Edward Burne-Jones stained glass illuminates Cohen Quad
Thanks to the support of alumni and friends of Exeter College, stained glass designed by Exonian Edward Burne-Jones (1852, Theology) and executed by his friend and fellow Exonian William Morris (1852, Classics) has been installed at Cohen Quad. The panels have been placed outside the Neil Blair Special Collections Reading Room and are beautifully backlit, making them an unmissable feature students and visitors to Cohen Quad are sure to admire.
The windows were commissioned by marine engineer Alfred Burges, father of the Victorian artist William Burges, in memory of civil engineer James Cooper. They were executed in 1863 at the Morris, Marshall, Faulkner & Co works, which were established to promote craft-based manufacturing, and were installed in Kentish Town Parish Church, London, until its decommissioning when they were put into the care of the church of St Benet and All Saints in Kentish Town.
In 2013 St Benet’s offered Exeter College the opportunity to purchase the two panels. The lead architect of Cohen Quad, Alison Brooks, immediately recognised how the glass could enhance Exeter’s new premises and reinforce the links between the 21st century quadrangle and two of Exeter College’s most celebrated alumni, both of whom were good friends with essayist and social critic John Ruskin, for whom Ruskin College (the former owner of the Cohen Quad site) was named.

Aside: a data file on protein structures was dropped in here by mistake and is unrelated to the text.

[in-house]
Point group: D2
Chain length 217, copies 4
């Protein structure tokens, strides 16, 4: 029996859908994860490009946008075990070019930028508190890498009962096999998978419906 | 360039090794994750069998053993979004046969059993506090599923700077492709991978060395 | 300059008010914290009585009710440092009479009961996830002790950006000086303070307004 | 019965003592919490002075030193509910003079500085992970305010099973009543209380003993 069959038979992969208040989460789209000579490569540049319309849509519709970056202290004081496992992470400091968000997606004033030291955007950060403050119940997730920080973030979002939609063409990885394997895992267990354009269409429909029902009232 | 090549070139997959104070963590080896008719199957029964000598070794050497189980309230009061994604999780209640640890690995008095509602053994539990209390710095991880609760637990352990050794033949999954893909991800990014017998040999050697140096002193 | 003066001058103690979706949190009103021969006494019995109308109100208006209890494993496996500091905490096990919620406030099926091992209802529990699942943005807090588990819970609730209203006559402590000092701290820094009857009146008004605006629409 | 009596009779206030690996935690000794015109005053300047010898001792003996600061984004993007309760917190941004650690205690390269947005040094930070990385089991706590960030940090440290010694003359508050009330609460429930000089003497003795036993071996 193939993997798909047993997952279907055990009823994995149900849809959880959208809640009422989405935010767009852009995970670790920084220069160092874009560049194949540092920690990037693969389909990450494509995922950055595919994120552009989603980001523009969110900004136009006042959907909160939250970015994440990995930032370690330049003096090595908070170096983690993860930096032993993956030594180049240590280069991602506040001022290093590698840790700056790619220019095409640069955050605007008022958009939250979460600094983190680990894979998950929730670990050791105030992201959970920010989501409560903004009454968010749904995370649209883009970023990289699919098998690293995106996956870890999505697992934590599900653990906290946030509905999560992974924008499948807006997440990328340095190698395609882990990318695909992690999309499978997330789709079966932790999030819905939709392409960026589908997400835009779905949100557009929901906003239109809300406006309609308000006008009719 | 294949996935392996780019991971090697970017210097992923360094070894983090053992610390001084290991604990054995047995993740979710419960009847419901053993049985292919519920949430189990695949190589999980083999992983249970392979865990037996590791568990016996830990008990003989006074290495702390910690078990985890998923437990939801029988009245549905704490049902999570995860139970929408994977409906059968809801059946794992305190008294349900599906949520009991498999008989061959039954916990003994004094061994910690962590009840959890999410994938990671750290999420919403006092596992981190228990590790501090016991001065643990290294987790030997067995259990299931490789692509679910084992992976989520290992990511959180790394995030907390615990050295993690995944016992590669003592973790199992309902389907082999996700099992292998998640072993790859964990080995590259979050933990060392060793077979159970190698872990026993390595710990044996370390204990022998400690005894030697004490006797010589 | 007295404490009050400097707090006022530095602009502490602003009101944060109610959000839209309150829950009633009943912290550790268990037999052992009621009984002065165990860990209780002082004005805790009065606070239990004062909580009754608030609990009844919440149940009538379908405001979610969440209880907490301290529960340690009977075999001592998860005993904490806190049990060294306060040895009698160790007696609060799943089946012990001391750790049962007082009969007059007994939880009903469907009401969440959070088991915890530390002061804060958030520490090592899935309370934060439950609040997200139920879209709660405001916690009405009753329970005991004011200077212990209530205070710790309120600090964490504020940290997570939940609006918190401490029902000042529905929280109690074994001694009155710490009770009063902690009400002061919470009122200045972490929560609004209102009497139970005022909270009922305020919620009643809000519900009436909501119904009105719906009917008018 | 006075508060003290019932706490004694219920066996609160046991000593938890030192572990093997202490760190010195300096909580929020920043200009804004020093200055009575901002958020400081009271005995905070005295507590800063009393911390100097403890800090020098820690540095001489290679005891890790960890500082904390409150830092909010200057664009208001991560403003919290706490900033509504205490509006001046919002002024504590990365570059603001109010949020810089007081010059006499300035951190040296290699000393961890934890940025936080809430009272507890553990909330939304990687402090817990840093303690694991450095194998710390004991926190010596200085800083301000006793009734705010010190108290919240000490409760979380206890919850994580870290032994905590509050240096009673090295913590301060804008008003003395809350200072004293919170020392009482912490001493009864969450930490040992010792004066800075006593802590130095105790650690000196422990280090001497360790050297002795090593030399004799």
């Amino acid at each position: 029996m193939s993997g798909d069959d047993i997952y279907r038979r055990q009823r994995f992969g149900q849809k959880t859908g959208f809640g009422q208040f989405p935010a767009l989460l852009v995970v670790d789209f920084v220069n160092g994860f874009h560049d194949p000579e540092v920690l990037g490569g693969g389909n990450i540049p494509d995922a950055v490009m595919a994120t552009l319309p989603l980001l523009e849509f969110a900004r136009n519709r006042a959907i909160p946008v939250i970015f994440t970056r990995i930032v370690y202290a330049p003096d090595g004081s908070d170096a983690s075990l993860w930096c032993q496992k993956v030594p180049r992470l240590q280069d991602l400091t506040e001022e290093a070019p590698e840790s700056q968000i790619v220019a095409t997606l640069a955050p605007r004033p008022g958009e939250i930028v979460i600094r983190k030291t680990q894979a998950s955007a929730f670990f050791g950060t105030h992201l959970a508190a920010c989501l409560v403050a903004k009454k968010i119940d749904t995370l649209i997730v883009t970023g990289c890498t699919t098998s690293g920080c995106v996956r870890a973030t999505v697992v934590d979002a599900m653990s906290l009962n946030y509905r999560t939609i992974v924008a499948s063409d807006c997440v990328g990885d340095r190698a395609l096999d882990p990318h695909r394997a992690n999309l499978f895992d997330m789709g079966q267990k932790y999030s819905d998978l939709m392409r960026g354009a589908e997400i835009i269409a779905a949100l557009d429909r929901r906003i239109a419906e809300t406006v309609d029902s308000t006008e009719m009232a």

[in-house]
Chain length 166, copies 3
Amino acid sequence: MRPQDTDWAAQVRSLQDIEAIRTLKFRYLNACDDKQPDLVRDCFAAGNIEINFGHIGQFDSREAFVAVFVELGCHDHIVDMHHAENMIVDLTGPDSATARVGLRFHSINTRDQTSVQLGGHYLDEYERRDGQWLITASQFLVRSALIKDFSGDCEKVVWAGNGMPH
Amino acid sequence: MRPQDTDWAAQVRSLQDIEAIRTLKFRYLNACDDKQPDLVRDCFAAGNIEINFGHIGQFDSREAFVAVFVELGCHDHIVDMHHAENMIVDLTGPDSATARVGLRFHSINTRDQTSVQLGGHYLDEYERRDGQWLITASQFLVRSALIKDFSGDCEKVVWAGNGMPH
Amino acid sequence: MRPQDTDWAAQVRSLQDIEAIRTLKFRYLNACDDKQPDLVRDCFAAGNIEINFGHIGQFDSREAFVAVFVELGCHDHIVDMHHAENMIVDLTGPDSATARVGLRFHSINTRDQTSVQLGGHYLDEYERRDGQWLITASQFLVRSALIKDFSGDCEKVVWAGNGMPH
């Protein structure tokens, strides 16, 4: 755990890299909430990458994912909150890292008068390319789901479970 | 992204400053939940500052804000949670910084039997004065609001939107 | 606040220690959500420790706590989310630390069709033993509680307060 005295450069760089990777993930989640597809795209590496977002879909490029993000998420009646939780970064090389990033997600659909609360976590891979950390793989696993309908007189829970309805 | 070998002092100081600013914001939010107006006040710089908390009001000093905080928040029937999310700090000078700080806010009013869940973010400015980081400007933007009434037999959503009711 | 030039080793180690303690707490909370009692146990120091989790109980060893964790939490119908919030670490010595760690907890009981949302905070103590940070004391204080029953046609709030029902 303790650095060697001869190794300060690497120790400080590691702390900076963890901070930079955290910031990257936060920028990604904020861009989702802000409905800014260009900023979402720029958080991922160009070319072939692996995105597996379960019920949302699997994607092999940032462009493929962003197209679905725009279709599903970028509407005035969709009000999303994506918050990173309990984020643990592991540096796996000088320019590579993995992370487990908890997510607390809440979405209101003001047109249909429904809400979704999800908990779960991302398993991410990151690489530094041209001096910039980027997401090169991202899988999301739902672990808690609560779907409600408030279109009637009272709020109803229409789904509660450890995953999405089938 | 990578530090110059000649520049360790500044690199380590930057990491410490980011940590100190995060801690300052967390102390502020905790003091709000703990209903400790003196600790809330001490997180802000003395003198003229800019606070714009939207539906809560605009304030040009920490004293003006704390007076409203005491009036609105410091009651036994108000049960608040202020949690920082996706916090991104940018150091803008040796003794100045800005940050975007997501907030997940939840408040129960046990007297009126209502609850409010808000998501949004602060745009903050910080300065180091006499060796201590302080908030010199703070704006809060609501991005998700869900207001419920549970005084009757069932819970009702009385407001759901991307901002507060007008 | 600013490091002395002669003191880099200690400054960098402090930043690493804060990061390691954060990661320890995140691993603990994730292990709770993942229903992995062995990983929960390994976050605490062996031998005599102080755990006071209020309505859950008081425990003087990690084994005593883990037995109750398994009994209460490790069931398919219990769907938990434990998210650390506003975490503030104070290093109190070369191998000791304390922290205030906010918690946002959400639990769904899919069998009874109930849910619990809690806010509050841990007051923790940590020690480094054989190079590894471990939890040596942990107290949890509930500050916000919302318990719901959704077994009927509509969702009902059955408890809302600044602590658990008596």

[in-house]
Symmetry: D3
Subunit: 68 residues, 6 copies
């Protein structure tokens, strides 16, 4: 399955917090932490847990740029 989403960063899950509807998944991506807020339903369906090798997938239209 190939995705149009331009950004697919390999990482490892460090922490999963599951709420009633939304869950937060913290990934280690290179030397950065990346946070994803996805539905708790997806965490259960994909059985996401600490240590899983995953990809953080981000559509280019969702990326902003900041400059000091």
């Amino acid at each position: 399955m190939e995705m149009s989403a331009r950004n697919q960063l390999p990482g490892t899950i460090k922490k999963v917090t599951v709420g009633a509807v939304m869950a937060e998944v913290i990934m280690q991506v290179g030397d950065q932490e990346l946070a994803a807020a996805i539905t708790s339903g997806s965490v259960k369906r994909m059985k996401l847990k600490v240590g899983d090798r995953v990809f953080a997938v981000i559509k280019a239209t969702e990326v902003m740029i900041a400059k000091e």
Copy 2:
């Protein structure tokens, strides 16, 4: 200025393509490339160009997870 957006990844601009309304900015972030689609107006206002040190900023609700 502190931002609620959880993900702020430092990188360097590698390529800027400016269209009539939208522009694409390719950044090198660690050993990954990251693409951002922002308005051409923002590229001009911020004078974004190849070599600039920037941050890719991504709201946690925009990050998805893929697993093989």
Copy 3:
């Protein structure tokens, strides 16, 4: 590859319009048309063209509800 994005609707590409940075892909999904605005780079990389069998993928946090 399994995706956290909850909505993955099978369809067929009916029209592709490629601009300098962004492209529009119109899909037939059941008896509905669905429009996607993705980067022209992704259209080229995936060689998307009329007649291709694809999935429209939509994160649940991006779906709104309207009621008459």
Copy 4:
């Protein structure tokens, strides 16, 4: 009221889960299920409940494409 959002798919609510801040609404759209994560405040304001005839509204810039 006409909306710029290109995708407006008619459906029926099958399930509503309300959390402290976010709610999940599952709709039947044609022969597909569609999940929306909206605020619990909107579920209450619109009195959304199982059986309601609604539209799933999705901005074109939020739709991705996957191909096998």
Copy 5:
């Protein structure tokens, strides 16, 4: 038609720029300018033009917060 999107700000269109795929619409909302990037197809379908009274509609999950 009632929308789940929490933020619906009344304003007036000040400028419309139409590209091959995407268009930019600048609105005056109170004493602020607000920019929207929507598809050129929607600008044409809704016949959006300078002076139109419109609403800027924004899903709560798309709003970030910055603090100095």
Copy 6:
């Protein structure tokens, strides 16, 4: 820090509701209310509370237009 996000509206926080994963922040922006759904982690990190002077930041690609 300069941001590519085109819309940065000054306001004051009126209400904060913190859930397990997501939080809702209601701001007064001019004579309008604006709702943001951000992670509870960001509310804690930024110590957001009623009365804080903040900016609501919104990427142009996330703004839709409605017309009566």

Alumni and friends of Exeter College raised over £50,000 for the purchase and restoration of the windows, and we are delighted that they are now in place and look so magnificent. They join a carpet designed by William Morris, which hangs outside the FitzHugh Auditorium. Together they help draw links with Exeter’s historic Turl Street site, which is home to a splendid tapestry designed by Morris and Burne-Jones, The Adoration of the Magi, as well as tapestries by Burne-Jones, Flora and Pomona, several drawings by Burne-Jones, and Burne-Jones’s and Morris’s own copies of the spectacular Kelmscott Chaucer – still considered a masterpiece of book design today. They also celebrate the work of these two great proponents of the Pre-Raphaelite and Arts and Crafts movements, which helped to inspire elements of the design of Cohen Quad including its award-winning chequered roof.
The two panels contain four roundels depicting the parables of The Labourers in the Vineyard, Christ with Three Disciples, Noah Building the Ark and Solomon Building the Temple. They are of stained and painted glass, each measuring 200 cm x 60 cm.
Detail from the stained glass